UD undergrads to present research at minority student conference
10:07 a.m., Nov. 4, 2011--Addressing topics as diverse as the importance of kinship networks to African American single mothers, to the effect of viper venom proteins on melanoma cells, eight University of Delaware students will present their research at the Annual Biomedical Research Conference for Minority Students (ABRCMS), Nov. 9–12, in St. Louis.
Three of the students Angelica Montes, Sharrone Temple and Rohan Patel won competitive funding awards from ABRCMS to support their travel to the conference.
Peering into cell structures
Now in its 11th year, ABRCMS is designed to encourage underrepresented minority students to pursue advanced education in the biomedical and behavioral sciences, including mathematics, and to provide faculty mentors and advisers with resources for facilitating student success.
UD’s student participants will present research they worked on this past summer with faculty mentors, according to Rosalind Johnson, who directs the Network of Undergraduate Collaborative Learning Experiences for Underrepresented Scholars (NUCLEUS) program and the Arts and Humanities Summer Institute, both programs of the Alliance for Summer Scholars at UD. The alliance includes more than a dozen summer experiential programs across the University.
“Our summer alliance programs continue to work with each other throughout the year supporting undergraduate research at the University,” Johnson said. “Last year only one UD student went to this conference, so we are very excited to have so many UD students attending this year.”
Stacey Chambers, a senior from Wilmington, Del., majoring in human development and family studies, will present “African American Single Motherhood: The Strengths of Kinship Networks.” Her faculty mentor was Bahira Sherif Trask. Chambers is a student in the McNair Scholars Program at UD.
Michelle Francis, a junior from Wilmington, Del., majoring in medical technology, will present “Crosslinking Venom Protein to Melanoma Cells.” Her faculty mentor was Mary Ann McLane. Francis is a student in the Idea Networks of Biomedical Research Excellence (INBRE) and the Network of Undergraduate Collaborative Learning Experiences for Underrepresented Scholars (NUCLEUS) programs.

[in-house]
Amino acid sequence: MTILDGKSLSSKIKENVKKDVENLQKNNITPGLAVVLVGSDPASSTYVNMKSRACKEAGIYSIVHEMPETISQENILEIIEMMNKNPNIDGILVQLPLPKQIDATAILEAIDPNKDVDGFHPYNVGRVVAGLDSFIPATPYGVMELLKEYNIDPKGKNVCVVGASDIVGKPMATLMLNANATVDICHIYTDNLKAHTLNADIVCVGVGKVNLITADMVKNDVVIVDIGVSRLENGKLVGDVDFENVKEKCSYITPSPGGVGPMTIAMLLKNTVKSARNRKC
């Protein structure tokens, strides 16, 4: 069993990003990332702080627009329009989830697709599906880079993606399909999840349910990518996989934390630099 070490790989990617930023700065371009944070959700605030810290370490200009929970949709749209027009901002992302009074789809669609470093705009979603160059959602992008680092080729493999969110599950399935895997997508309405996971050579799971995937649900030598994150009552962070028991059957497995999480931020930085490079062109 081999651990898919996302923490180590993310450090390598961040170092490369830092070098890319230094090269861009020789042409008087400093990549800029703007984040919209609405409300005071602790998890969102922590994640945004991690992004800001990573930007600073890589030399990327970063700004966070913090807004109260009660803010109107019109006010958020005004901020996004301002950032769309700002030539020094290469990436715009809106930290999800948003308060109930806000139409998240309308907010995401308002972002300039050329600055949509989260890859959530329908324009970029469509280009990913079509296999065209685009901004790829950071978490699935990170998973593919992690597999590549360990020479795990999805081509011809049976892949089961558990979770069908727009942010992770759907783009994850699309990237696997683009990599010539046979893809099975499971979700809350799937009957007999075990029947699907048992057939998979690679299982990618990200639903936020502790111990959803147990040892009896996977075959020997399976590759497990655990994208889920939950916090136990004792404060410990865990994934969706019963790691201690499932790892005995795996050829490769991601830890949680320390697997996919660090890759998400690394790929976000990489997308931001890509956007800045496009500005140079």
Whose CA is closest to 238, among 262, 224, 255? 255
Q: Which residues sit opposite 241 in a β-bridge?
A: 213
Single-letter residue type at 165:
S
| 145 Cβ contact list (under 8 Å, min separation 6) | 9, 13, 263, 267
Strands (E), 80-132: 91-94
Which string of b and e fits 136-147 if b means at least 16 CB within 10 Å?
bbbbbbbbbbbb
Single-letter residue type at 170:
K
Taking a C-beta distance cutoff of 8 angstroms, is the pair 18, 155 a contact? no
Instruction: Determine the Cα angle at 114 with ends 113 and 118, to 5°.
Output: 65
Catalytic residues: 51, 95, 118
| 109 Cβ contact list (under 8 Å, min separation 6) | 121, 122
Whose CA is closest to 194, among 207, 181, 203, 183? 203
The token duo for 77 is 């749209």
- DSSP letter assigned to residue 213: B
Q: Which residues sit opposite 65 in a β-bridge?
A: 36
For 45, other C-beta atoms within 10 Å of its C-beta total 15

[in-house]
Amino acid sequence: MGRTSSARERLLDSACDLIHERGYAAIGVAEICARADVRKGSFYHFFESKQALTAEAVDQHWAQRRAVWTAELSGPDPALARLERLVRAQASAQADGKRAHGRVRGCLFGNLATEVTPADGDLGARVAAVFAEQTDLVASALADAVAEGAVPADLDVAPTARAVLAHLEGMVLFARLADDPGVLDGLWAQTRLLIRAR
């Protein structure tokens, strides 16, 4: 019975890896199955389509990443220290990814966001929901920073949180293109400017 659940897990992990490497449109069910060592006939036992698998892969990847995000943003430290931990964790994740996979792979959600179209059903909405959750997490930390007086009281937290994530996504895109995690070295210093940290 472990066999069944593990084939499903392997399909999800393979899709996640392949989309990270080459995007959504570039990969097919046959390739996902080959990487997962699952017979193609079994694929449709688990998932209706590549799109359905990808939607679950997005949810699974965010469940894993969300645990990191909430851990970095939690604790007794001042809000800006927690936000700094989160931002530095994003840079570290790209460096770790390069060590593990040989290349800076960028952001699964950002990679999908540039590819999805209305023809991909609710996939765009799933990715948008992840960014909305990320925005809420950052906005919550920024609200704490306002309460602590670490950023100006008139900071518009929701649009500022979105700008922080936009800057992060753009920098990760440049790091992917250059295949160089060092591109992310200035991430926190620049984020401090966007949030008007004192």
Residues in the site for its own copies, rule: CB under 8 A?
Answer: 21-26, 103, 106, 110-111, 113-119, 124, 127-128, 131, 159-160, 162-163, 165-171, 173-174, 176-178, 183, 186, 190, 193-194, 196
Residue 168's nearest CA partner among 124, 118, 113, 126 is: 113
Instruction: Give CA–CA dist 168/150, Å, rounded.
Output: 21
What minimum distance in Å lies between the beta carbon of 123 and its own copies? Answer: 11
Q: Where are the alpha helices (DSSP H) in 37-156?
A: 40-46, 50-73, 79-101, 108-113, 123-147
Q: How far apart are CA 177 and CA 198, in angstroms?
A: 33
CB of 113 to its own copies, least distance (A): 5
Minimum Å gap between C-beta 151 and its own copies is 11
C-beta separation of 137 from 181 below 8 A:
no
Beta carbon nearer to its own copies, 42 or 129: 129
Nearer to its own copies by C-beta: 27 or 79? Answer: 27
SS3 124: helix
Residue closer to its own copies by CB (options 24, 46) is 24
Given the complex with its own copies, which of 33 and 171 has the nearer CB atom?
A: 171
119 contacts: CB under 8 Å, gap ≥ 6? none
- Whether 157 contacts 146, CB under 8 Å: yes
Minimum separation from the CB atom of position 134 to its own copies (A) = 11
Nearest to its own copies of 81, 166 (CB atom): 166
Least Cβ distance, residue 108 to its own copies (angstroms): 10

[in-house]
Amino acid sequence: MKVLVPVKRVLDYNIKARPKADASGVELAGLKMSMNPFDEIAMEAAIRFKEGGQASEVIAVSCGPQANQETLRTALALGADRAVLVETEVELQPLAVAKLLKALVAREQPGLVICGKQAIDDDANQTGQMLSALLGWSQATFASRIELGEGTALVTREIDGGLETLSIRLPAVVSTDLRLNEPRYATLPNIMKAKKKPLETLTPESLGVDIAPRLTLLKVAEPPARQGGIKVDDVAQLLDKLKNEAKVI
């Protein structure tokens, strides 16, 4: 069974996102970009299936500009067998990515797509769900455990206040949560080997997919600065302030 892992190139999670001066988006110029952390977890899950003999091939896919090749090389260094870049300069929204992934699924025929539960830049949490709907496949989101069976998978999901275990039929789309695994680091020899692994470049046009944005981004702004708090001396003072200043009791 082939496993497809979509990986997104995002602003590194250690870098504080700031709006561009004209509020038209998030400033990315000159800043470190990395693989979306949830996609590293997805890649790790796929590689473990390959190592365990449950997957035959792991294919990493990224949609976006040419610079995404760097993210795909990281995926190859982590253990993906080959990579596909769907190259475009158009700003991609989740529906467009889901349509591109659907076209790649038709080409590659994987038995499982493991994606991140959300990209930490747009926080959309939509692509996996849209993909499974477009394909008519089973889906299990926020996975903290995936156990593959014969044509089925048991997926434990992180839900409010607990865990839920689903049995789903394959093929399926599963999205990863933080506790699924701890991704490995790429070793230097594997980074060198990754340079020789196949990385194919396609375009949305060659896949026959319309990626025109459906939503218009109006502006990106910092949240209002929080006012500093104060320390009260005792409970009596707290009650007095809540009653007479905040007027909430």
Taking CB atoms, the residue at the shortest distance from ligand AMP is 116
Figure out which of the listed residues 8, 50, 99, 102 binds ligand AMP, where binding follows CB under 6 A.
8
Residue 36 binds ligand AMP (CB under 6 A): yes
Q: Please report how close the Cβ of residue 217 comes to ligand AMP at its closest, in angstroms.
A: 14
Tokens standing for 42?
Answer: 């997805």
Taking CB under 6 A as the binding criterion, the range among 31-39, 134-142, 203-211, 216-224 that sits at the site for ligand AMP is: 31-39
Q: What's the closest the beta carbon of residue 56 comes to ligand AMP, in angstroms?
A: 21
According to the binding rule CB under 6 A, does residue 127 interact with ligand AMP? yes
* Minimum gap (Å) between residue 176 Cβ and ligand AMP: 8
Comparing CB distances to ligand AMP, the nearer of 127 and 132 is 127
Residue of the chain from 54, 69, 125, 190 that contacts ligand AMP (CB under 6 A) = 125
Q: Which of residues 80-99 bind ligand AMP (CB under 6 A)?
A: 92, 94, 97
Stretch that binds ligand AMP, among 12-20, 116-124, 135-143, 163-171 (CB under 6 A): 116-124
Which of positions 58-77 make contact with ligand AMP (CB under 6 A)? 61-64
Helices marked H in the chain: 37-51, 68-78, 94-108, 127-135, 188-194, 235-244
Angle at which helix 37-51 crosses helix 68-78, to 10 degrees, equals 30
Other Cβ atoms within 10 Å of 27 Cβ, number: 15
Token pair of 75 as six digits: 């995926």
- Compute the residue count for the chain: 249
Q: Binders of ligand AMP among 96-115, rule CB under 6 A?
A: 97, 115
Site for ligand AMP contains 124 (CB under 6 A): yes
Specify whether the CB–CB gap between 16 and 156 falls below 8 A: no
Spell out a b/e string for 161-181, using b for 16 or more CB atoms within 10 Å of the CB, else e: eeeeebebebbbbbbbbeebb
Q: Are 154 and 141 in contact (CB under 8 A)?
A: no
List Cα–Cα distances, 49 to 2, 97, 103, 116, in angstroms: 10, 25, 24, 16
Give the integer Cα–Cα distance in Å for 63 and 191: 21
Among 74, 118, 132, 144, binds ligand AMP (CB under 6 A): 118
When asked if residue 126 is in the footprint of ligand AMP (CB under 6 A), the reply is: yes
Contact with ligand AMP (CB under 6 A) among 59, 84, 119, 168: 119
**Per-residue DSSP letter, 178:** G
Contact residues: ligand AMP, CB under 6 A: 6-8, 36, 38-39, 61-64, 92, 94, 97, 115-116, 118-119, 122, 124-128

Alexia Hay, a junior from Randolph, Mass., majoring in exercise science, will present “Effect of Anterior Cruciate Ligament (ACL) Injury on Vertical Ground Reaction Forces During Walking in Non-Copers.” She was mentored by Lynn Snyder-Mackler. Hay is a student in the INBRE/NUCLEUS programs.
Jeffrey Lopez, a senior from Washington, D.C., majoring in biochemistry, will present the “Behavior of D Dihydrouridine Synthase in Escherichia coli.” Lopez is a student in the Howard Hughes Medical Institute (HHMI) and NUCLEUS programs. He was mentored by Bruce A. Palfrey at the University of Michigan.
Angelica Montes, a junior Honors Program student from Bear, Del., majoring in medical technology, will present “The Role of Medical Interpreters in Health Care Delivery.” Her faculty mentor was Barret Michalec. She is a student in the McNair Scholars/NUCLEUS programs.
Rohan Patel, a sophomore Honors Program student from Greenville, Del., majoring in quantitative biology, will present “Structure and Dynamics of the A2A Adenosine G-Protein Coupled Receptor.” His faculty mentor was Edward Lyman. Patel is a student in the HHMI/NUCLEUS programs.
Kendall Poole, a junior from Newark, Del., majoring in exercise science, will present “Impaired Control of Quick Movements in People with Parkinson’s Disease.” He is a student in the McNair Scholars Program. His faculty mentor was Christopher Knight.
Sharonne Temple, a senior from Smyrna, Del., majoring in biology, will present “Zinc Inhibits the Fibrillization of the Amyloidogenic SEVI Precursor, PAP248-286.” She was mentored by Ayyalusamy Ramamoorthy at the University of Michigan. She is a student in the HHMI, McNair and NUCLEUS programs.
Article by Tracey Bryant
Photos by Evan Krape and Kathy F. Atkinson